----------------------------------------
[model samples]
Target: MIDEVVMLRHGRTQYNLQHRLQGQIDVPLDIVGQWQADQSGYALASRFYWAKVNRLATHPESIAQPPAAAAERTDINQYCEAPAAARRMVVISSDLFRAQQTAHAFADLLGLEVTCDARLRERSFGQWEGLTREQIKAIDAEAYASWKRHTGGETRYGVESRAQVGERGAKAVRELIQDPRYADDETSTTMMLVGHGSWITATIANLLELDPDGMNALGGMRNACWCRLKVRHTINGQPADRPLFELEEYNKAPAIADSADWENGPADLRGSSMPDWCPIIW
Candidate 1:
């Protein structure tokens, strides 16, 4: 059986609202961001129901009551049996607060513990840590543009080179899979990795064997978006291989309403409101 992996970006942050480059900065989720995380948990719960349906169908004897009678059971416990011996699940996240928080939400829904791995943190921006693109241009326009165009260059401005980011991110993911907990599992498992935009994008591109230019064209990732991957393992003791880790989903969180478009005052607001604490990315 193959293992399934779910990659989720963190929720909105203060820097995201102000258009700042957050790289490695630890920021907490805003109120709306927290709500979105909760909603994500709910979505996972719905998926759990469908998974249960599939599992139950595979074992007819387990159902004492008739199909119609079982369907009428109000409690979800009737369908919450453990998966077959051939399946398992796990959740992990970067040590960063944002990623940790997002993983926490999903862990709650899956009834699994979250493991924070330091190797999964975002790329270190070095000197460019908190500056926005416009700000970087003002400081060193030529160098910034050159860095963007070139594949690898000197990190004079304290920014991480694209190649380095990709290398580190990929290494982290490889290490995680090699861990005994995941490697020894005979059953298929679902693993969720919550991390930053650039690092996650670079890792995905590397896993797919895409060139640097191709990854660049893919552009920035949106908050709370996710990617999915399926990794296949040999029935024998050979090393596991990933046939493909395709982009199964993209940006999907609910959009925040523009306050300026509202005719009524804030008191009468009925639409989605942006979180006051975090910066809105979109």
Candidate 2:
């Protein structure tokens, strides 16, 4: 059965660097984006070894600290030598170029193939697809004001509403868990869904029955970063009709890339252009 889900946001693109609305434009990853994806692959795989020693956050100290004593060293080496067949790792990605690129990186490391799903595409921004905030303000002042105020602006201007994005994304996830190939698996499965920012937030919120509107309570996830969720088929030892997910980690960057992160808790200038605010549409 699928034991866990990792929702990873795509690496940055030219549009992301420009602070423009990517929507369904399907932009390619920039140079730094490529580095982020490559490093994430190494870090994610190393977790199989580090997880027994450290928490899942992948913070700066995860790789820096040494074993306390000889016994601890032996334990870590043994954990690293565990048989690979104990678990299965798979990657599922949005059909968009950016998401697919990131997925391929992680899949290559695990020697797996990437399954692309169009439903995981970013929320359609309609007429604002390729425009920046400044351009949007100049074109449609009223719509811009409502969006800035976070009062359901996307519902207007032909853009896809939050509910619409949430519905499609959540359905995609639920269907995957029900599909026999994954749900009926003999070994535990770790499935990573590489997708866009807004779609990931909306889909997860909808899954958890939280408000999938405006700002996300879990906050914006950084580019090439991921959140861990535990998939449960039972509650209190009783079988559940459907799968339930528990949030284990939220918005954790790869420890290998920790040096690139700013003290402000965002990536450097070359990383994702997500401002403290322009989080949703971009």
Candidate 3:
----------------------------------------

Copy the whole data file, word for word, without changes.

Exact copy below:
[model samples]
Target: MIDEVVMLRHGRTQYNLQHRLQGQIDVPLDIVGQWQADQSGYALASRFYWAKVNRLATHPESIAQPPAAAAERTDINQYCEAPAAARRMVVISSDLFRAQQTAHAFADLLGLEVTCDARLRERSFGQWEGLTREQIKAIDAEAYASWKRHTGGETRYGVESRAQVGERGAKAVRELIQDPRYADDETSTTMMLVGHGSWITATIANLLELDPDGMNALGGMRNACWCRLKVRHTINGQPADRPLFELEEYNKAPAIADSADWENGPADLRGSSMPDWCPIIW
Candidate 1:
């Protein structure tokens, strides 16, 4: 059986609202961001129901009551049996607060513990840590543009080179899979990795064997978006291989309403409101 992996970006942050480059900065989720995380948990719960349906169908004897009678059971416990011996699940996240928080939400829904791995943190921006693109241009326009165009260059401005980011991110993911907990599992498992935009994008591109230019064209990732991957393992003791880790989903969180478009005052607001604490990315 193959293992399934779910990659989720963190929720909105203060820097995201102000258009700042957050790289490695630890920021907490805003109120709306927290709500979105909760909603994500709910979505996972719905998926759990469908998974249960599939599992139950595979074992007819387990159902004492008739199909119609079982369907009428109000409690979800009737369908919450453990998966077959051939399946398992796990959740992990970067040590960063944002990623940790997002993983926490999903862990709650899956009834699994979250493991924070330091190797999964975002790329270190070095000197460019908190500056926005416009700000970087003002400081060193030529160098910034050159860095963007070139594949690898000197990190004079304290920014991480694209190649380095990709290398580190990929290494982290490889290490995680090699861990005994995941490697020894005979059953298929679902693993969720919550991390930053650039690092996650670079890792995905590397896993797919895409060139640097191709990854660049893919552009920035949106908050709370996710990617999915399926990794296949040999029935024998050979090393596991990933046939493909395709982009199964993209940006999907609910959009925040523009306050300026509202005719009524804030008191009468009925639409989605942006979180006051975090910066809105979109």
Candidate 2:
């Protein structure tokens, strides 16, 4: 059965660097984006070894600290030598170029193939697809004001509403868990869904029955970063009709890339252009 889900946001693109609305434009990853994806692959795989020693956050100290004593060293080496067949790792990605690129990186490391799903595409921004905030303000002042105020602006201007994005994304996830190939698996499965920012937030919120509107309570996830969720088929030892997910980690960057992160808790200038605010549409 699928034991866990990792929702990873795509690496940055030219549009992301420009602070423009990517929507369904399907932009390619920039140079730094490529580095982020490559490093994430190494870090994610190393977790199989580090997880027994450290928490899942992948913070700066995860790789820096040494074993306390000889016994601890032996334990870590043994954990690293565990048989690979104990678990299965798979990657599922949005059909968009950016998401697919990131997925391929992680899949290559695990020697797996990437399954692309169009439903995981970013929320359609309609007429604002390729425009920046400044351009949007100049074109449609009223719509811009409502969006800035976070009062359901996307519902207007032909853009896809939050509910619409949430519905499609959540359905995609639920269907995957029900599909026999994954749900009926003999070994535990770790499935990573590489997708866009807004779609990931909306889909997860909808899954958890939280408000999938405006700002996300879990906050914006950084580019090439991921959140861990535990998939449960039972509650209190009783079988559940459907799968339930528990949030284990939220918005954790790869420890290998920790040096690139700013003290402000965002990536450097070359990383994702997500401002403290322009989080949703971009």
Candidate 3: